Taprobane Island: Part 3 – Count Maurice de Mauny-Talvande’s Island Home in Ceylon


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Myself . 

By T. V. Antony Raj

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Count Maurice de Mauny-Talvande travelled several times between Hampshire and Colombo during and after the Great War.

When the First World War ended, he came to Ceylon on a mission to find the spot which, by its sublime beauty, would fulfil his dreams and hold him there for life.

His skills as an expert furniture maker and a gardener in Ceylon, and, later on, his writings, may have provided him with the necessary finances to supplement his travel and living. There are accounts from people who knew him in Ceylon that he also used to receive remittances from overseas, probably sent by his wife, Lady Mary, from time to time for his upkeep and living.

Ferguson’s Ceylon Directory for 1920-21 listed him as residing with his 21-year-old son Victor Alexander at ‘Ascot‘, Albert Crescent, Cinnamon Gardens, Colombo 7; the very élite and high-society area of Colombo.

Maurice had a furniture factory and workshop in Colombo. The furniture crafted most admirably had the designs of French styles of that period. A number of de Mauny-Talvande furniture pieces that survived in the hands of private owners are now highly valued and cherished in Sri Lanka.

In 1925, Maurice launched the “Weligama Local Industries” in Weligama. He claimed that he gave employment to over 200 carpenters, carvers and inlayers. By 1930, the enterprise succumbed to depression. However, Maurice restarted it in 1936.

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Taprobane Island (Source: taprobaneisland.com)
Taprobane Island (Source: taprobaneisland.com)

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Though Maurice had first visited Ceylon in 1912 it was in September 1927 that he saw for the first time and quite by chance, the rocky outcrop covered with lush foliage rising out of the sea, just beyond a broad sandy beach, at the centre of the arc of the Weligama Bay. It was the Galduwa islet. Ten years later, he recalled: “a red granite rock, covered with palms and jungle shrub, rising from the Indian Ocean – an emerald in a setting of pink coral.”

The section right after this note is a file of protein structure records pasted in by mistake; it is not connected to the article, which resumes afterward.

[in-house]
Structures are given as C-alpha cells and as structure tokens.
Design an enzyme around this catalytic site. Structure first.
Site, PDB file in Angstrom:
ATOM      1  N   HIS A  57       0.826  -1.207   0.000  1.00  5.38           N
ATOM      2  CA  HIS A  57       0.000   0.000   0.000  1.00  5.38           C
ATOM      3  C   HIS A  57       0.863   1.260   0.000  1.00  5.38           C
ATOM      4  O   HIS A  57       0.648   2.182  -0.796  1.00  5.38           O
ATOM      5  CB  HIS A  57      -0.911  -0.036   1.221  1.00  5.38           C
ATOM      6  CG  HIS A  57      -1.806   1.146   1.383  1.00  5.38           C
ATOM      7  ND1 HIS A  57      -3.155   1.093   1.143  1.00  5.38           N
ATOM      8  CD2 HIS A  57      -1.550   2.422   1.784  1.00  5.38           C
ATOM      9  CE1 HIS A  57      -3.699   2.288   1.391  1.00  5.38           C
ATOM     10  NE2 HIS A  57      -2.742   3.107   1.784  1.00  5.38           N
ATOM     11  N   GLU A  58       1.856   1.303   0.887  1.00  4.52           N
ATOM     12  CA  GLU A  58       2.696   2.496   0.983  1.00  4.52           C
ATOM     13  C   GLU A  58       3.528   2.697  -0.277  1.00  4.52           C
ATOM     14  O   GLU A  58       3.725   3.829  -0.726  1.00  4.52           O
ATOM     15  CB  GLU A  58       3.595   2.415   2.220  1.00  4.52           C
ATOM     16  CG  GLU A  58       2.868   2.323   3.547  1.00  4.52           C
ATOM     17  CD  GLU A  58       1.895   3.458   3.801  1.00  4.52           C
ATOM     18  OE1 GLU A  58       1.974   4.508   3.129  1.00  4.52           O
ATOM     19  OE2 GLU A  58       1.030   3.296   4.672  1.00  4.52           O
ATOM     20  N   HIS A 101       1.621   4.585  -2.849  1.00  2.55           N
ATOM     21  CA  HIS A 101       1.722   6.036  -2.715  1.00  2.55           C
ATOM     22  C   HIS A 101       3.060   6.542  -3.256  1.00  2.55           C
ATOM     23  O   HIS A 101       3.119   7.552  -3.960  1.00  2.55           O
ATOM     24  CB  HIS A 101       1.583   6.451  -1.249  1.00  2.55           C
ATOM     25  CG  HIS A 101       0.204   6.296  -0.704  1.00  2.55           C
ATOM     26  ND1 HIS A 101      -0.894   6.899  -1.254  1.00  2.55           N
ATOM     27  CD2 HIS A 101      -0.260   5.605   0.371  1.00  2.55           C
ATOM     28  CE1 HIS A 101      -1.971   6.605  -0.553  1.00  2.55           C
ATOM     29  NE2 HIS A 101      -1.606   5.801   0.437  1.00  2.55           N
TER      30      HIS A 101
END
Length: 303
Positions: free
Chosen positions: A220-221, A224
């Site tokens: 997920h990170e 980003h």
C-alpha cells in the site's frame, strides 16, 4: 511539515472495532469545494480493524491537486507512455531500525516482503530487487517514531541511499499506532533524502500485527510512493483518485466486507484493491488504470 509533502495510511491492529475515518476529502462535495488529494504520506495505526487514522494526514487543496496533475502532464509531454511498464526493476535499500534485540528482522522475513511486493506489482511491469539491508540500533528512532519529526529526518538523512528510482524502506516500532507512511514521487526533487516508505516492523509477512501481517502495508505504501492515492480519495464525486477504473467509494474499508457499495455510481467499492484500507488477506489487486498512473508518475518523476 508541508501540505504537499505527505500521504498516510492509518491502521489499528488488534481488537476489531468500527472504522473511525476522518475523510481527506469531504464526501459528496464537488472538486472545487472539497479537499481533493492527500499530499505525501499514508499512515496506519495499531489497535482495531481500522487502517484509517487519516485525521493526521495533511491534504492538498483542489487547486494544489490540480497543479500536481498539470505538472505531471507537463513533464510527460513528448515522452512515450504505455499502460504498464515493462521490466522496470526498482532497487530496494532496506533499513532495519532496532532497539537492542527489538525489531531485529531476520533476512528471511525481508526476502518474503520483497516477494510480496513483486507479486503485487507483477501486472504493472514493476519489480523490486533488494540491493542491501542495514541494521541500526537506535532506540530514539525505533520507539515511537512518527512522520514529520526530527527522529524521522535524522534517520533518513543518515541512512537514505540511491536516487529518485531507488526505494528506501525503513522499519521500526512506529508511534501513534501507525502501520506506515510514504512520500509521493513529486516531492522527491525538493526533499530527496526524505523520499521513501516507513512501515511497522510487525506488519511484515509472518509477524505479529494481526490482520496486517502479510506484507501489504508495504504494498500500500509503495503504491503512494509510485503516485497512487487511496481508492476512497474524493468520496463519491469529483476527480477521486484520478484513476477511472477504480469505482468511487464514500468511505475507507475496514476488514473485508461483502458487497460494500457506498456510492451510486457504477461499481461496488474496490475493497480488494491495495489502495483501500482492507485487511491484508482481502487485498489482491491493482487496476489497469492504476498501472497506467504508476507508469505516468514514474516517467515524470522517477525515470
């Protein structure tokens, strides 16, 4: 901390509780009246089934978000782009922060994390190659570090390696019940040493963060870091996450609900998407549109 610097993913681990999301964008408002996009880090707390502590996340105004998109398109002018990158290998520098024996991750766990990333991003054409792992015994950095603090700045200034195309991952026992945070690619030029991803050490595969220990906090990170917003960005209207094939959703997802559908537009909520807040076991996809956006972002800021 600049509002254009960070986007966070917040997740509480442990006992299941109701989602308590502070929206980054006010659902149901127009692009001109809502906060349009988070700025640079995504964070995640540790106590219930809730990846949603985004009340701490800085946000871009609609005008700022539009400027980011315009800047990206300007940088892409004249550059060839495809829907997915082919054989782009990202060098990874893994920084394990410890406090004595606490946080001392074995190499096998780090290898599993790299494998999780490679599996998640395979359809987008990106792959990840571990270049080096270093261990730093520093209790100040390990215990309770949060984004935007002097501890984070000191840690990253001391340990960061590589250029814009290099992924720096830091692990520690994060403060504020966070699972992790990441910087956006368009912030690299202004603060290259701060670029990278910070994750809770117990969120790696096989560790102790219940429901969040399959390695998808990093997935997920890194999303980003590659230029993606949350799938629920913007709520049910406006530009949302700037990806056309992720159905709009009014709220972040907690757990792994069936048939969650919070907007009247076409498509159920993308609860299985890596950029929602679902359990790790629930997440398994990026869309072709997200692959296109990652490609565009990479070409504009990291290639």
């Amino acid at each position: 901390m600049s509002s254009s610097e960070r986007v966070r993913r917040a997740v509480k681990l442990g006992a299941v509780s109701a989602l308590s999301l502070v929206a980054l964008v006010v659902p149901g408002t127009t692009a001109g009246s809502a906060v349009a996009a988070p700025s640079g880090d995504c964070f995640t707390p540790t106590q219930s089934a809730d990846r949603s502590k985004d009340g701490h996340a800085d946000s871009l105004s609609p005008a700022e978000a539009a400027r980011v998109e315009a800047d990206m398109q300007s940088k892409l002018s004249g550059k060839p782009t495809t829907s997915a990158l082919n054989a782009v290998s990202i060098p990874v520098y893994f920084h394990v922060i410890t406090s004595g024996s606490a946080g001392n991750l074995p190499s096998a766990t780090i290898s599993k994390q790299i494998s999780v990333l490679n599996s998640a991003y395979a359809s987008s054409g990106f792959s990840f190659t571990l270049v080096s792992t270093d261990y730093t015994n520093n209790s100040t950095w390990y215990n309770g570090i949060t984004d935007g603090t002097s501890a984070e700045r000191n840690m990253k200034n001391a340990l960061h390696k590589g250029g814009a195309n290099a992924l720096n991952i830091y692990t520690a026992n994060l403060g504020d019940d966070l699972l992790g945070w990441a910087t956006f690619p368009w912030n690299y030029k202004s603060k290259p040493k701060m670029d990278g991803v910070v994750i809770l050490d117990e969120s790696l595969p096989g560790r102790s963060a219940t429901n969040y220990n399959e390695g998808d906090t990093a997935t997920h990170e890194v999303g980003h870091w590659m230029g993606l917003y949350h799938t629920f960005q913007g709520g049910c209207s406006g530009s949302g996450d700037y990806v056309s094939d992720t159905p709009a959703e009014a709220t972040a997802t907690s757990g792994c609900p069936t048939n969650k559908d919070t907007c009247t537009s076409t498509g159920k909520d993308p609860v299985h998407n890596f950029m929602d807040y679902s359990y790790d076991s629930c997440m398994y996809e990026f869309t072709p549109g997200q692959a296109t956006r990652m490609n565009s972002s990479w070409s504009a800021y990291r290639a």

Entranced by the site, he waded across the sparkling clear waters to the islet. Ten years later, he recalled:

“There was nothing between me and the South Pole … I sat for a long while on a boulder overlooking the sea wishing that this island lost in the Indian Ocean were mine; picturing and planning what I should do with it. … I felt my heart beating with the overwhelming desire to find peace in it, the nearest thing to happiness. Yes, it must be the home which I had dreamt of so many years past.”

Having found his own island paradise, he chose to build his house on the islet and live his dream of peace and tranquillity, close to nature.

Local records show that Count Maurice de Mauny-Talvande purchased the island in 1925 for a sum of Rupees 250 in the name of his son, Victor Alexander. It remained in Victor’s ownership until it was sold by public auction, in 1942, for Rupees 12,000.

Maurice named his private island “Taprobane” based on the ancient name for Ceylon given by the Greeks and also because of the island’s similarity in shape to Ceylon.